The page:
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Gloss and grit — Department of Neighborhood Services at Fleisher-Ollman


[Evan visits a street art-inspired show, concluding that while street art doesn’t always fit easily into the gallery setting, there’s definitely room for collaboration. — the Artblog editors]

Department of Neighborhood Services at Fleisher/Ollman Gallery brings together work by Philadelphians Isaac T. Lin and Dan Murphy, and West Coast street-art hero Barry McGee. The artists–who have shown together on multiple occasions over the years–take noticeably similar approaches to street art in the gallery setting, harnessing the raw energy and grit from which graffiti is born and utilizing it to inform a more streamlined vision.

From polished aesthetics to pieces seemingly unfinished

Dan Murphy’s various Xerox copies with Plexiglas, 2014.

The first works that caught my eye were Dan Murphy’s photocopies of street photographs–decrepit buildings, decaying urban environments, and graffiti artists in the act–mounted with acrylic and highlighted with flat, John Baldassari-like patches of bright color. There is a tension here between the harsher world in the photographs that Murphy champions and its sleek presentation, which fits the gallery aesthetic and the realm of the elite.

Isaac T. Lin, “From First to Last” (2014), ballpoint pen-and-ink drawing on paper and inkjet print, framed individually.

Isaac T. Lin’s work employs a much more handworked aesthetic, although he, too, makes use of photographs as the ground for some of his pieces. Best are his calligraphic and gestural marks over idyllic, bright gradients of color, which call to mind Matisse and ’90s Hawaiian shirts all at once. Less convincing is “From First to Last,” a collection of pen-and-ink-pattern drawings backed by pastel blues and pinks and hung as one piece. The drawings hover uncomfortably between the spontaneity of the street and the control of the gallery, seeming both over- and under-finished.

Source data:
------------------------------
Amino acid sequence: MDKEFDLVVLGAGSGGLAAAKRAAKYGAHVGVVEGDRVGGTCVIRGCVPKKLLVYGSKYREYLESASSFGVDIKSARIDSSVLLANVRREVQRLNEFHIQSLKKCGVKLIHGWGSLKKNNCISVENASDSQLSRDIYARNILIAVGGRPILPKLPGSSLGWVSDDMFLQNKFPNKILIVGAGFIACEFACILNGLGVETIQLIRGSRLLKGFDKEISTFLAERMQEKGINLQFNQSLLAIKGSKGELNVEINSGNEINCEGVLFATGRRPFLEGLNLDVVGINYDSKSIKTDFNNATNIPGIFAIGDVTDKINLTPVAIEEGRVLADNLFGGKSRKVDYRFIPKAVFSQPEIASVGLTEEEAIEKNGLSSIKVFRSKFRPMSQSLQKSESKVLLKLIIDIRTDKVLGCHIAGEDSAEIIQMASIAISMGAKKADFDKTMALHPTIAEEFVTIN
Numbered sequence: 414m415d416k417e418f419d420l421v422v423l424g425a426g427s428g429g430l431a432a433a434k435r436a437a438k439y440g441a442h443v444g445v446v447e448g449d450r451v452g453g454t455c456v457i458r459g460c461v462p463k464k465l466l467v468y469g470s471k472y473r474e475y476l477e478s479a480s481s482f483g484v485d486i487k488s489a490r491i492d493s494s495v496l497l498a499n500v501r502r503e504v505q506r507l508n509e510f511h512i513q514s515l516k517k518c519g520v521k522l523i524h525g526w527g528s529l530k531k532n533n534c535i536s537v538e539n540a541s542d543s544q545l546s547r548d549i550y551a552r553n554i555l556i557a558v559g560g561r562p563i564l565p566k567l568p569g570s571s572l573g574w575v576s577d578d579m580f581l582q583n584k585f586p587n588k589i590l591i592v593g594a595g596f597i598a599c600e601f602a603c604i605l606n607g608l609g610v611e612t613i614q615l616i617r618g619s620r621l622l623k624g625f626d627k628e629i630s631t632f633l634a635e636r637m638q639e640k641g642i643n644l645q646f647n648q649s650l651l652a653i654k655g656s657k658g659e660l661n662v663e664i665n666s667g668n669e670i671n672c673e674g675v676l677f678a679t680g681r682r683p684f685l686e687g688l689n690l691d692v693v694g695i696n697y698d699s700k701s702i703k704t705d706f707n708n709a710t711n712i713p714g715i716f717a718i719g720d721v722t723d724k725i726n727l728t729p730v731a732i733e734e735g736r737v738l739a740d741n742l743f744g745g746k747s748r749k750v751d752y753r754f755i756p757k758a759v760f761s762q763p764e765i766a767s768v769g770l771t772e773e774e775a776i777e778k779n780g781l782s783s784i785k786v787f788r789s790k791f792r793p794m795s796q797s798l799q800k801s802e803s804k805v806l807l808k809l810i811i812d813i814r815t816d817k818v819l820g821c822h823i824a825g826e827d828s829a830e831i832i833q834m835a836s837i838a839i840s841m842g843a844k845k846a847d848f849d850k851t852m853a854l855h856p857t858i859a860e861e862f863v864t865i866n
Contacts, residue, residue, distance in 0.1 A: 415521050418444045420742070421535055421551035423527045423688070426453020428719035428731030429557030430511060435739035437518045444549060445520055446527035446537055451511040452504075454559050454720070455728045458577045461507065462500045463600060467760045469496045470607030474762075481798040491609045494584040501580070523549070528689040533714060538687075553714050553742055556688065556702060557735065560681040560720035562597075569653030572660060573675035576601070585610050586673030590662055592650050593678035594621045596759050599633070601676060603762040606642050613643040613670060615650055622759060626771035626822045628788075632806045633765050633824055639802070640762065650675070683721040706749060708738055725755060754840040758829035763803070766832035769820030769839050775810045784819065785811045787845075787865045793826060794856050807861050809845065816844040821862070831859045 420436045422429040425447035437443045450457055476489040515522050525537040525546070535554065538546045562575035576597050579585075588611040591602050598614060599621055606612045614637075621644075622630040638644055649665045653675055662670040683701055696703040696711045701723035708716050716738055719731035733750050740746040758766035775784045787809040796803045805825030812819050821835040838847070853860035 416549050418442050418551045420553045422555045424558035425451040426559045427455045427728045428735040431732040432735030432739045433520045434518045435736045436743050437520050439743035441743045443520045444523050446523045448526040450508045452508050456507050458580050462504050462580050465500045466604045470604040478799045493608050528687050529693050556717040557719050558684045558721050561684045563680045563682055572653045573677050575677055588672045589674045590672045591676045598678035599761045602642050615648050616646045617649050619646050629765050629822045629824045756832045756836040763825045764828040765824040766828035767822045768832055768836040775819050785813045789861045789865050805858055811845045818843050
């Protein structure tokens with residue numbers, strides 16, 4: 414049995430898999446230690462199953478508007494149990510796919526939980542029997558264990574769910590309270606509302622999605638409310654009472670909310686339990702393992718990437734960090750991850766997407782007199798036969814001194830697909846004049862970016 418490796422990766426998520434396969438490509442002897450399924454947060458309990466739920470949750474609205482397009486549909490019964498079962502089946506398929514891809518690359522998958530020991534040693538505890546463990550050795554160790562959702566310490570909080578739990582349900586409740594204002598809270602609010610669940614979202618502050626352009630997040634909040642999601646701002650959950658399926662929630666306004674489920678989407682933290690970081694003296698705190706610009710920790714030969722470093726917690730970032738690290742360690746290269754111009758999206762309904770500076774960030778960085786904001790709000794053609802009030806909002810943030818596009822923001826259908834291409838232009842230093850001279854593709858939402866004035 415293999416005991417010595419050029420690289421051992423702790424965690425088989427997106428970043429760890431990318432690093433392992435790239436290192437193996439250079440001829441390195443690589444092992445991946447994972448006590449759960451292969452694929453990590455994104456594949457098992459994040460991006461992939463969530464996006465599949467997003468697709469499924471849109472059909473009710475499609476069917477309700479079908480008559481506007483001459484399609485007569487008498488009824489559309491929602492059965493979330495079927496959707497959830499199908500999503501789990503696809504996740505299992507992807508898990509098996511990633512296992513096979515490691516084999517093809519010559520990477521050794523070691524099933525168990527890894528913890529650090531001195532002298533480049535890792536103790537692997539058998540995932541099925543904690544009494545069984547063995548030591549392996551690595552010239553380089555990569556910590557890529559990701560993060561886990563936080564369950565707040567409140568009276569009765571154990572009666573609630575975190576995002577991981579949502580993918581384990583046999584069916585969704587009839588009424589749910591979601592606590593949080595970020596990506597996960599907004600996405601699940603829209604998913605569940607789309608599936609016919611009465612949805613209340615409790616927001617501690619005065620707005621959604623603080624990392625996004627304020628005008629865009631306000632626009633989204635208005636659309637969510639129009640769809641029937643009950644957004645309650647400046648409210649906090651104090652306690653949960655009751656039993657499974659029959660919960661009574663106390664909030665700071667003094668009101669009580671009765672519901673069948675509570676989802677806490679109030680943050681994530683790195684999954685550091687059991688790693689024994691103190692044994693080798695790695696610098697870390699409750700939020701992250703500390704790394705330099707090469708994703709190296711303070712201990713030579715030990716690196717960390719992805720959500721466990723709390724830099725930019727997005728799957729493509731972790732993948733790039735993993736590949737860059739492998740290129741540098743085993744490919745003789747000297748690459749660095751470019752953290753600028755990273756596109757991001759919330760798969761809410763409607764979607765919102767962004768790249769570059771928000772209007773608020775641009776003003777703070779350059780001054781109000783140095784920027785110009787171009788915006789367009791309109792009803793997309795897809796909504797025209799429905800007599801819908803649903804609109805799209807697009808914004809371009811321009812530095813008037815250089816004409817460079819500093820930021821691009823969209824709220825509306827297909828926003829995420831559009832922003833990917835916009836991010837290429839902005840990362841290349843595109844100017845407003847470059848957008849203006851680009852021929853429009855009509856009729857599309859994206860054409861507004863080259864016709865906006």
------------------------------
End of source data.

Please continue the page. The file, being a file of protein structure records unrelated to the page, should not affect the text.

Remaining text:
Dan Murphy, “Untitled” (2014), marker on Plexiglas.

Barry McGee, the most widely renowned member of the show, lives up to his reputation. His work is the most resolved, and succeeds in inhabiting both street and gallery, retaining its grassroots integrity with a keen eye for design. I can sense his discomfort in inhabiting two very separate worlds. His work is playful on the surface, but on a deeper level, it comments on consumerism (his color palettes and patterns are eye-catching and very graphic; almost ad-like) and political absence (the figures in his works appear lost and indifferent).

A conflict of display

I was happy to see one of McGee’s zines included in the show, but disappointed by the fact that it is displayed in so sterile a way, opened to a page and encased in a glass vitrine, the same way that you might see an ancient Korean scroll displayed at the Philadelphia Museum of Art. This seems a betrayal of the soul of the zine, a spirit of barely-controlled chaos stifled by the very thing it rebels against. It would be better to have it on a shelf available for everyone to browse through its pages.

Barry McGee, “Untitled” (2014), paint on panel.

McGee’s most impressive contribution is a large multi-panel painting, “Untitled,” which includes many of his trademark techniques, eye-catching geometric patterns (reminiscent of traditional folk art) with highly stylized text and lighter figures. The figures in the paintings seem to inhabit and experience the noisy panels around them, like we ourselves experience the street–surrounded by pattern, color, signage, and graffiti, but often too visually exhausted to appreciate it.

Gallery view, Department of Neighborhood Services, Fleisher/Ollman Gallery

Other pieces in the show, such as McGee’s sculptures and Lin/Murphy’s collaborative sculptures, seem to be too literally trying to bring the street and its “garbage” into the gallery. These literal statements about the gallery world’s indifference to the realities of the city are heavy-handed and fall flat amid more highly-designed and stylized works that carry the same meaning a lot more gracefully.  

For a show that attempts to talk about the street in the gallery setting, Department of Neighborhood Services is a valiant effort–not perfect, but encapsulating the integrity and passion that each artist also brings to their work on the street. It is absolutely worth a visit, especially because these three artists have not shown together on the East Coast in far too long.


Department of Neighborhood Services is on view through June 6, 2014 at Fleisher-Ollman Gallery.

Evan Paul Laudenslager is an artist and writer based in Philadelphia. He is a senior in the Visual Studies program at Tyler School of Art, graduating in May 2014.